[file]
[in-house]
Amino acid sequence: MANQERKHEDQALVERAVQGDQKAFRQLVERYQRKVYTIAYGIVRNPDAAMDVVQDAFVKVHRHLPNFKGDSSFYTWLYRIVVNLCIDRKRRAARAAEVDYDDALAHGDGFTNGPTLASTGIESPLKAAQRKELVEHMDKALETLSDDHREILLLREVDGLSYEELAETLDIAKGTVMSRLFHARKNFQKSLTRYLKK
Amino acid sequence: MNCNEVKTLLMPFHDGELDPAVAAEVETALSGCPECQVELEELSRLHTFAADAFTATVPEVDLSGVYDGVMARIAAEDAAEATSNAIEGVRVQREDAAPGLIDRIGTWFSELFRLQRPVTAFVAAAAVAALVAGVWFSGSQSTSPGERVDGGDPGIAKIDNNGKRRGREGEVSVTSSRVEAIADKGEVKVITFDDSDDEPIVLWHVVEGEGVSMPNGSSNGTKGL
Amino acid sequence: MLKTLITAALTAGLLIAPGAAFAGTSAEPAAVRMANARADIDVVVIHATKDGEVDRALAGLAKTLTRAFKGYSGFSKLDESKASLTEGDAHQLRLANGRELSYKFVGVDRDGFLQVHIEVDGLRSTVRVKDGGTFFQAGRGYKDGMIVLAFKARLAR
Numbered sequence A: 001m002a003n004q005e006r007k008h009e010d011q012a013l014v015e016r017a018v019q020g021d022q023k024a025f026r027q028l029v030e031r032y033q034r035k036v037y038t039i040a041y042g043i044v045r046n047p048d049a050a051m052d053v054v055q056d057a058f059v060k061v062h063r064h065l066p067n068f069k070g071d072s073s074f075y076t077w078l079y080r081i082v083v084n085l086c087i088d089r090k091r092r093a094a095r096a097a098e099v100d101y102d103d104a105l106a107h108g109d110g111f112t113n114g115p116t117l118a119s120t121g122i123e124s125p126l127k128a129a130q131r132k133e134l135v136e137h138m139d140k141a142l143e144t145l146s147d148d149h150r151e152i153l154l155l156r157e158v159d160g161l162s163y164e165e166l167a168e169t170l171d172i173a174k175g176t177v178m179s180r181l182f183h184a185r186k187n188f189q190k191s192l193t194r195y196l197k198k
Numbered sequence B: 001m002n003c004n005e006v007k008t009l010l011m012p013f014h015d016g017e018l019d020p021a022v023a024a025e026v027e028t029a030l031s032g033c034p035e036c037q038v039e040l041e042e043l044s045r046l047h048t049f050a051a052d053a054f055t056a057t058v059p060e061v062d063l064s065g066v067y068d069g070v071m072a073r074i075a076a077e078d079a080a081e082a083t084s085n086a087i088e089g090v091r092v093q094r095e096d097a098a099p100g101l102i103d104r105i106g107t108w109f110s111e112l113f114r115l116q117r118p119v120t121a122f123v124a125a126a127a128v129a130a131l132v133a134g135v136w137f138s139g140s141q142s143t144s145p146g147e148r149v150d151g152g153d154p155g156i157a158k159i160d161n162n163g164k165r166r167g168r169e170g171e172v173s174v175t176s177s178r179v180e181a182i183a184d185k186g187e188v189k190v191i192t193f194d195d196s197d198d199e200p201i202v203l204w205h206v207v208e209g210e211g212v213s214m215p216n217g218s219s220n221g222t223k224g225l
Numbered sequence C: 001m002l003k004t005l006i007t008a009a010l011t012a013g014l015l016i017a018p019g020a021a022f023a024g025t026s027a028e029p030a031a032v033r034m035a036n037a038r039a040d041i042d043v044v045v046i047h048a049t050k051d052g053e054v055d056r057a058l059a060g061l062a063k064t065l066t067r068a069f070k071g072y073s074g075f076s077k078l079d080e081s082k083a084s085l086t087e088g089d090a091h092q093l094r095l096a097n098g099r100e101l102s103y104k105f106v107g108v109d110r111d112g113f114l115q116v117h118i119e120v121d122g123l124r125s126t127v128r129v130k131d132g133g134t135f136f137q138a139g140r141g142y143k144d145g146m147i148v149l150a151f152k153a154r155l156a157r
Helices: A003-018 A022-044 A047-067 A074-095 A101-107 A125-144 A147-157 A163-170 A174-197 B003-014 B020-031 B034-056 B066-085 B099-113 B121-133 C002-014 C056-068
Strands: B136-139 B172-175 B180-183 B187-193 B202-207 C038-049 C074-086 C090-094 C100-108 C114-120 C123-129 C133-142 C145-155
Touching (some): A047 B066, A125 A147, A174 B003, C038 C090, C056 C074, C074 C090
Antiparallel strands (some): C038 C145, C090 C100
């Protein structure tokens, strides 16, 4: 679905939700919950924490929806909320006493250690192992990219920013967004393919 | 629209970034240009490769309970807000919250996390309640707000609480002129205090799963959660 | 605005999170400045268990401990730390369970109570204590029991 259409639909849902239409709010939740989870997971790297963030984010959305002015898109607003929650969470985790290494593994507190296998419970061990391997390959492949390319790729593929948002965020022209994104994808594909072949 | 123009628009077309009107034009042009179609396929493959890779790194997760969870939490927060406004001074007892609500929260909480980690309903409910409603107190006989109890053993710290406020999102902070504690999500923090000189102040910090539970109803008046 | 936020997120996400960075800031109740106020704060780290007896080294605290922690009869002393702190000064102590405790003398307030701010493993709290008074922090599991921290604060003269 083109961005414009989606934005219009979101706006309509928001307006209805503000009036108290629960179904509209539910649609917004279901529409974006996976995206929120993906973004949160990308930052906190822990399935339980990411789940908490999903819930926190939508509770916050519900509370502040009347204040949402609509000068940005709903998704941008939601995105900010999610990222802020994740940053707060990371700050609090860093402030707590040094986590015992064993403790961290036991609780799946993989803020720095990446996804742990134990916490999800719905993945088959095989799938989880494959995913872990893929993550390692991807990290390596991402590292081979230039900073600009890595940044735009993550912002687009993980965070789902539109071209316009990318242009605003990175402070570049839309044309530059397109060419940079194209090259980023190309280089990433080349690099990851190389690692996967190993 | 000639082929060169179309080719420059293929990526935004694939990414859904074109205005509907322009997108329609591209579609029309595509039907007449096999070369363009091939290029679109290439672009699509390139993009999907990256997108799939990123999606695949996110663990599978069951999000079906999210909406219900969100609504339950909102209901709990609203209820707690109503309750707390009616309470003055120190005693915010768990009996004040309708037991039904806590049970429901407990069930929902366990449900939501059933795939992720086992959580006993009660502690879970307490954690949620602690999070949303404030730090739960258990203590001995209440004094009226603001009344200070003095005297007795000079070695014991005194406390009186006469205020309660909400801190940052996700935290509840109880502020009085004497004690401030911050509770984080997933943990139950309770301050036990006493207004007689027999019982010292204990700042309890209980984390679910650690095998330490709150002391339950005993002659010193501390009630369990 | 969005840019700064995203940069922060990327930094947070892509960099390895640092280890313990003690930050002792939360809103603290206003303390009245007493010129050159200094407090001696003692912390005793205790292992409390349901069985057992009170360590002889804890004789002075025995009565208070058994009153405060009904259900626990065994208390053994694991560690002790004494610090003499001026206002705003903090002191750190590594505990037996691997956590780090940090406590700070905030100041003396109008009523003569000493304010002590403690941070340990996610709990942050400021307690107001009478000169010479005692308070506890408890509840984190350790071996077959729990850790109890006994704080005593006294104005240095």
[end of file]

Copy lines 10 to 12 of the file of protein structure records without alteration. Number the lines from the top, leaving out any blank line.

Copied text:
Touching (some): A047 B066, A125 A147, A174 B003, C038 C090, C056 C074, C074 C090
Antiparallel strands (some): C038 C145, C090 C100
């Protein structure tokens, strides 16, 4: 679905939700919950924490929806909320006493250690192992990219920013967004393919 | 629209970034240009490769309970807000919250996390309640707000609480002129205090799963959660 | 605005999170400045268990401990730390369970109570204590029991 259409639909849902239409709010939740989870997971790297963030984010959305002015898109607003929650969470985790290494593994507190296998419970061990391997390959492949390319790729593929948002965020022209994104994808594909072949 | 123009628009077309009107034009042009179609396929493959890779790194997760969870939490927060406004001074007892609500929260909480980690309903409910409603107190006989109890053993710290406020999102902070504690999500923090000189102040910090539970109803008046 | 936020997120996400960075800031109740106020704060780290007896080294605290922690009869002393702190000064102590405790003398307030701010493993709290008074922090599991921290604060003269 083109961005414009989606934005219009979101706006309509928001307006209805503000009036108290629960179904509209539910649609917004279901529409974006996976995206929120993906973004949160990308930052906190822990399935339980990411789940908490999903819930926190939508509770916050519900509370502040009347204040949402609509000068940005709903998704941008939601995105900010999610990222802020994740940053707060990371700050609090860093402030707590040094986590015992064993403790961290036991609780799946993989803020720095990446996804742990134990916490999800719905993945088959095989799938989880494959995913872990893929993550390692991807990290390596991402590292081979230039900073600009890595940044735009993550912002687009993980965070789902539109071209316009990318242009605003990175402070570049839309044309530059397109060419940079194209090259980023190309280089990433080349690099990851190389690692996967190993 | 000639082929060169179309080719420059293929990526935004694939990414859904074109205005509907322009997108329609591209579609029309595509039907007449096999070369363009091939290029679109290439672009699509390139993009999907990256997108799939990123999606695949996110663990599978069951999000079906999210909406219900969100609504339950909102209901709990609203209820707690109503309750707390009616309470003055120190005693915010768990009996004040309708037991039904806590049970429901407990069930929902366990449900939501059933795939992720086992959580006993009660502690879970307490954690949620602690999070949303404030730090739960258990203590001995209440004094009226603001009344200070003095005297007795000079070695014991005194406390009186006469205020309660909400801190940052996700935290509840109880502020009085004497004690401030911050509770984080997933943990139950309770301050036990006493207004007689027999019982010292204990700042309890209980984390679910650690095998330490709150002391339950005993002659010193501390009630369990 | 969005840019700064995203940069922060990327930094947070892509960099390895640092280890313990003690930050002792939360809103603290206003303390009245007493010129050159200094407090001696003692912390005793205790292992409390349901069985057992009170360590002889804890004789002075025995009565208070058994009153405060009904259900626990065994208390053994694991560690002790004494610090003499001026206002705003903090002191750190590594505990037996691997956590780090940090406590700070905030100041003396109008009523003569000493304010002590403690941070340990996610709990942050400021307690107001009478000169010479005692308070506890408890509840984190350790071996077959729990850790109890006994704080005593006294104005240095």